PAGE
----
Waterfowl hunting requires the use of non-toxic shells (like steel) to comply with regulations.
Many waterfowl hunters opt for a 12-gauge shotgun due to its ability to deliver greater power and range. Both work together to offer effective shots on waterfowl targets.
While steel is the preferred choice, it does lose momentum over longer distances: making shot placement crucial.
When it comes to turkey hunting, a 12-gauge shotgun is often preferred due to its ability to produce a tighter shot pattern.
This tight pattern is advantageous when aiming for a turkey’s vital areas (like the head and neck).
If you are hunting turkeys at close distances, a 20-gauge shotgun can still be effective.
Upland bird hunting requires careful consideration of the appropriate shotgun gauge. Overall, the lighter weight of a 20-gauge shotgun makes it better suited for upland bird hunting. Covering extensive distances is often necessary.
A 20-gauge shotgun is better suited for smaller birds. It provides sufficient power without the risk of overkill.
While 12-gauge shotguns are suitable for hunting larger game like geese, using them on smaller birds may risk damaging the meat.
As the season progresses and longer distance shots become more common, you might prefer a 12-gauge shotgun.
For home defense purposes, both 12 gauge and 20 gauge shotguns can be suitable options. The choice between the two may depend on personal preferences and/or other considerations.
The 20-gauge shotgun has a lighter weight and reduced recoil. Both make it easier to handle in high-stress situations.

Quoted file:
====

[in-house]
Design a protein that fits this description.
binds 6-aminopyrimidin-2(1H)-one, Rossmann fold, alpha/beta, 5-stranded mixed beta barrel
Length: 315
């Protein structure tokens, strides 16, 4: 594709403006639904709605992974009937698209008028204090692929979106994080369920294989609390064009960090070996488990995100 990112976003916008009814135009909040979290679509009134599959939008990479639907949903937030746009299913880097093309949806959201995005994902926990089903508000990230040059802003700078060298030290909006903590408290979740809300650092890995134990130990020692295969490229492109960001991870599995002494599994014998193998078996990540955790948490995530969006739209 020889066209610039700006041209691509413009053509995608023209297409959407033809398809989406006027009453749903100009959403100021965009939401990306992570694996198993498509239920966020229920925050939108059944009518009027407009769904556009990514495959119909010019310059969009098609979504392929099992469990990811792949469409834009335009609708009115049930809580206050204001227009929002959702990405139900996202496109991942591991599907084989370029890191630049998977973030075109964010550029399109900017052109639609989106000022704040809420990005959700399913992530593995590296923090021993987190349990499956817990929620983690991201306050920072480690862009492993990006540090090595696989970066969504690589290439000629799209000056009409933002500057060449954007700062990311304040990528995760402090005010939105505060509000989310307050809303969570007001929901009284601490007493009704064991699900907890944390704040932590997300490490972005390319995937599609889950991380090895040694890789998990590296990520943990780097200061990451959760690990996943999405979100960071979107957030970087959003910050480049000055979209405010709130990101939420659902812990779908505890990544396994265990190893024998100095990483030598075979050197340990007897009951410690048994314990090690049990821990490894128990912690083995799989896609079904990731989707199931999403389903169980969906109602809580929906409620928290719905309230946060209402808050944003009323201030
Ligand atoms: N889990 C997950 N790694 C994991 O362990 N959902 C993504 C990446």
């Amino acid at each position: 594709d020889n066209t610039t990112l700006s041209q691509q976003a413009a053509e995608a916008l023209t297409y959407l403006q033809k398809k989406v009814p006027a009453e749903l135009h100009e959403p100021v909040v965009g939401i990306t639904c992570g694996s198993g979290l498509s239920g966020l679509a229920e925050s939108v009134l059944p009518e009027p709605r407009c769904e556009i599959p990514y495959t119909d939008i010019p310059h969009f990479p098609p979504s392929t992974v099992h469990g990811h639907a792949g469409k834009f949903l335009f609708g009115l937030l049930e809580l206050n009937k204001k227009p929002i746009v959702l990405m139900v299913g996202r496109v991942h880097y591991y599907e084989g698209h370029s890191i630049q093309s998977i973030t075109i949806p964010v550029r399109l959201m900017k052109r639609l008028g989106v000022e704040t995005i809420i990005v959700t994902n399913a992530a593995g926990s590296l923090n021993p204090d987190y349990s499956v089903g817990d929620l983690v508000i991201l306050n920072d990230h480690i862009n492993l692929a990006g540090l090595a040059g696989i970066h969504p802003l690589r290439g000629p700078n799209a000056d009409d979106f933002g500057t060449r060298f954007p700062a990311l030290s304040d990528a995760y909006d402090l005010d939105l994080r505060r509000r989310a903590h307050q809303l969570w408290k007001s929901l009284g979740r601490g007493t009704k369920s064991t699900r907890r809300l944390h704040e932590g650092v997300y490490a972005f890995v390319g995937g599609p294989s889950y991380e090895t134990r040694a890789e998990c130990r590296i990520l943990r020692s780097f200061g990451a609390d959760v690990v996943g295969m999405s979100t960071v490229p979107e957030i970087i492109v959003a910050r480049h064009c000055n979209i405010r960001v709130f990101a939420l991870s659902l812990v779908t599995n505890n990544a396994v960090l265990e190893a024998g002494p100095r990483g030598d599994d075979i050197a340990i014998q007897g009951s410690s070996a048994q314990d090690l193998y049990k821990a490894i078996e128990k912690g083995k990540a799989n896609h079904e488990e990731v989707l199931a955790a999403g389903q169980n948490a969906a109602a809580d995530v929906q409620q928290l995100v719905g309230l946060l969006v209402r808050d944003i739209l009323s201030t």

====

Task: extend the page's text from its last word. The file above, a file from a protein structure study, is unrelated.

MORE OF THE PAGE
A larger person may be more comfortable and better equipped to handle the higher recoil of a 12-gauge shotgun. However, a smaller person may find the 20-gauge more manageable.
Picking a shotgun for home defense should always prioritize comfort, control, and ease of use for the individual shooter.
For beginners, we recommend a 20-gauge shotgun because of the lighter weight and recoil. Beginner shooters can also benefit from its ability to take faster follow-up shots.
Overall, a 20 GA offers a more manageable shooting experience that allows beginners to focus on technique. But don’t be afraid to experiment with both 12-gauge and 20-gauge shotguns! Doing so can help you determine your own personal preferences.
While the 12 gauge shotgun may present more of a challenge, you might actually find it to be the better option as your skills develop over time.
Ready to purchase your first 12 GA or 20 GA shotgun? While 12 GA offer more versatility and power for deer and turkeys, 20 GA shotguns are more comfortable to shoot and better for targeting smaller game.